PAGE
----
Calculate price and sensitivities for European or American basket options using Monte Carlo simulations

## Syntax

``[PriceSens,Paths,Times,Z] = basketsensbyls(RateSpec,BasketStockSpec,OptSpec,Strike,Settle,ExerciseDates)``
``[PriceSens,Paths,Times,Z] = basketsensbyls(___,Name,Value)``

## Description

example

````[PriceSens,Paths,Times,Z] = basketsensbyls(RateSpec,BasketStockSpec,OptSpec,Strike,Settle,ExerciseDates)` calculates price and sensitivities for European or American basket options using the Longstaff-Schwartz model. For American options, the Longstaff-Schwartz least squares method is used to calculate the early exercise premium. ```

example

````[PriceSens,Paths,Times,Z] = basketsensbyls(___,Name,Value)` specifies options using one or more name-value pair arguments in addition to the input arguments in the previous syntax.```

## Examples

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Find a European put basket option of two stocks. The basket contains 50% of each stock. The stocks are currently trading at \$90 and \$75, with annual volatilities of 15%. Assume that the correlation between the assets is zero. On May 1, 2009, an investor wants to buy a one-year put option with a strike price of \$80. The current annualized, continuously compounded interest is 5%. Use this data to compute price and delta of the put basket option with the Longstaff-Schwartz approximation model.

```Settle = datetime(2009,5,1); Maturity = datetime(2010,5,1); % Define RateSpec Rate = 0.05; Compounding = -1; RateSpec = intenvset('ValuationDate', Settle, 'StartDates',... Settle, 'EndDates', Maturity, 'Rates', Rate, 'Compounding', Compounding); % Define the Correlation matrix. Correlation matrices are symmetric, % and have ones along the main diagonal. NumInst = 2; InstIdx = ones(NumInst,1); Corr = diag(ones(NumInst,1), 0); % Define BasketStockSpec AssetPrice = [90; 75]; Volatility = 0.15; Quantity = [0.50; 0.50]; BasketStockSpec = basketstockspec(Volatility, AssetPrice, Quantity, Corr); % Compute the price of the put basket option. Calculate also the delta % of the first stock. OptSpec = {'put'}; Strike = 80; OutSpec = {'Price','Delta'}; UndIdx = 1; % First element in the basket [PriceSens, Delta] = basketsensbyls(RateSpec, BasketStockSpec, OptSpec,... Strike, Settle, Maturity,'OutSpec', OutSpec,'UndIdx', UndIdx)```
```PriceSens = 0.9822 ```
```Delta = -0.0995 ```

Compute the `Price` and `Delta` of the basket with a correlation of -20%:

```NewCorr = [1 -0.20; -0.20 1]; % Define the new BasketStockSpec. BasketStockSpec = basketstockspec(Volatility, AssetPrice, Quantity, NewCorr); % Compute the price and delta of the put basket option. [PriceSens, Delta] = basketsensbyls(RateSpec, BasketStockSpec, OptSpec,... Strike, Settle, Maturity,'OutSpec', OutSpec,'UndIdx', UndIdx)```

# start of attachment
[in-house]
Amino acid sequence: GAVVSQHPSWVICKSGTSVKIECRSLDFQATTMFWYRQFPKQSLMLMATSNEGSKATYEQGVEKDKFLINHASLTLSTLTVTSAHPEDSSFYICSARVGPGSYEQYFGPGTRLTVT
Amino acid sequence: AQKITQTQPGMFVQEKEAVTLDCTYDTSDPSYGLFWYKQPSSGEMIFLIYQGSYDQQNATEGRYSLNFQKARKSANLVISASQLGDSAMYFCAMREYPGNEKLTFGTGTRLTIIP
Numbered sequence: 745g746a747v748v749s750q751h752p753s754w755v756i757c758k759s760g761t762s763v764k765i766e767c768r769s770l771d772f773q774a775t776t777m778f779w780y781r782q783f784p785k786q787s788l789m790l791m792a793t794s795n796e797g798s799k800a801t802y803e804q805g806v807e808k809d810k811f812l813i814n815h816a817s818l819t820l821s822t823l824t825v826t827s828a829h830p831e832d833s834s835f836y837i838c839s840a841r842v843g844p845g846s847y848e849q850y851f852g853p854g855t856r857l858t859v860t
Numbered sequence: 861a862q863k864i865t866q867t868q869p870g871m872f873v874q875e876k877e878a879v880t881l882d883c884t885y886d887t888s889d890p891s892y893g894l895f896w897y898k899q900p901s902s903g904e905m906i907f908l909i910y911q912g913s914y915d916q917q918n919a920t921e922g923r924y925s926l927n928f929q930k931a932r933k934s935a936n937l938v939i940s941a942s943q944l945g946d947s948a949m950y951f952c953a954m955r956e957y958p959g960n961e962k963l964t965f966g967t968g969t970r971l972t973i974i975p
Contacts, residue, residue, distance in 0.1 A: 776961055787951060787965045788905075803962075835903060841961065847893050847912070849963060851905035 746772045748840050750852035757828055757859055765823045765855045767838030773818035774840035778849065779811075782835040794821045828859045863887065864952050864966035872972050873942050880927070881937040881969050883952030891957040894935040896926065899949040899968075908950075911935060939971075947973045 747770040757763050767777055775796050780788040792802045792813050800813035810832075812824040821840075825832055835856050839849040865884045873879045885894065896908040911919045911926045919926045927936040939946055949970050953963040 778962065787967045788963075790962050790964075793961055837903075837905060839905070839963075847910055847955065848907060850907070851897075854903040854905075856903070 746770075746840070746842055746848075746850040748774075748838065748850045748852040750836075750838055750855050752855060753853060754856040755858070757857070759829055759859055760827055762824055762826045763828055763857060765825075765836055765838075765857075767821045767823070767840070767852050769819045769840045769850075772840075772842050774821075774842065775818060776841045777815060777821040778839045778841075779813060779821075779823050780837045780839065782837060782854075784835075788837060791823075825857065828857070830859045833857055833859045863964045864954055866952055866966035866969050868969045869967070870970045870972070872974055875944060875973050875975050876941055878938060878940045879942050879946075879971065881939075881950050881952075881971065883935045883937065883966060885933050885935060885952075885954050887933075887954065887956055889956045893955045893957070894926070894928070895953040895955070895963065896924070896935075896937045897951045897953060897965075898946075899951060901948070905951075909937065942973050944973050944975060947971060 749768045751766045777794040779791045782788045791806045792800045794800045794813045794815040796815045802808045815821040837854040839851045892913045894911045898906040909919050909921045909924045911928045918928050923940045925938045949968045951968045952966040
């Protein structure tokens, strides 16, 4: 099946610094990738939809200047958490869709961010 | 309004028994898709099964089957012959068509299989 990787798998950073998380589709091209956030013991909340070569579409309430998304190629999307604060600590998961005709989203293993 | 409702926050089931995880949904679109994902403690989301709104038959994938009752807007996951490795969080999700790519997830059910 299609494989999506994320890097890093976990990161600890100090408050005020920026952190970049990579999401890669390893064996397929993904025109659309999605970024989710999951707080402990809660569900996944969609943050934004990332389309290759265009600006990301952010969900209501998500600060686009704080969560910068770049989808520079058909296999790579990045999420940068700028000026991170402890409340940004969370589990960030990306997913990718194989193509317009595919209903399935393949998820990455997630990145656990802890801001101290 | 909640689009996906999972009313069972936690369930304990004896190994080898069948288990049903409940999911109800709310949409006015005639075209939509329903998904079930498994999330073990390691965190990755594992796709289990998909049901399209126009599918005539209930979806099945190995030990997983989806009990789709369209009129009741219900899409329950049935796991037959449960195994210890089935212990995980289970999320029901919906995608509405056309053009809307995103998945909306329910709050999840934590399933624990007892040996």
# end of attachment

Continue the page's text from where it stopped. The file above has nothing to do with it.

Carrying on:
```PriceSens = 0.7814 ```
```Delta = -0.0961 ```

## Input Arguments

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Interest-rate term structure (annualized and continuously compounded), specified by the `RateSpec` obtained from `intenvset`. For information on the interest-rate specification, see `intenvset`.

Data Types: `struct`

`BasketStock` specification, specified using `basketstockspec`.

Data Types: `struct`

Definition of the option as `'call'` or `'put'`, specified as a character vector or a `2`-by-`1` cell array of character vectors.

Data Types: `char` | `cell`

Option strike price value, specified as one of the following:

• For a European or Bermuda option, `Strike` is a scalar (European) or `1`-by-`NSTRIKES` (Bermuda) vector of strike prices.

• For an American option, `Strike` is a scalar vector of the strike price.

Data Types: `double`

Settlement or trade date for the basket option, specified as a scalar datetime, string, or date character vector.

To support existing code, `basketsensbyls` also accepts serial date numbers as inputs, but they are not recommended.

Option exercise dates, specified as a datetime array, string array, or date character vectors:

• For a European or Bermuda option, `ExerciseDates` is a `1`-by-`1` (European) or `1`-by-`NSTRIKES` (Bermuda) vector of exercise dates. For a European option, there is only one `ExerciseDate` on the option expiry date.

• For an American option, `ExerciseDates` is a `1`-by-`2` vector of exercise date boundaries. The option exercises on any date between, or including, the pair of dates on that row. If there is only one non-`NaN` date, or if `ExerciseDates` is `1`-by-`1`, the option exercises between the `Settle` date and the single listed `ExerciseDate`.

To support existing code, `basketsensbyls` also accepts serial date numbers as inputs, but they are not recommended.

### Name-Value Arguments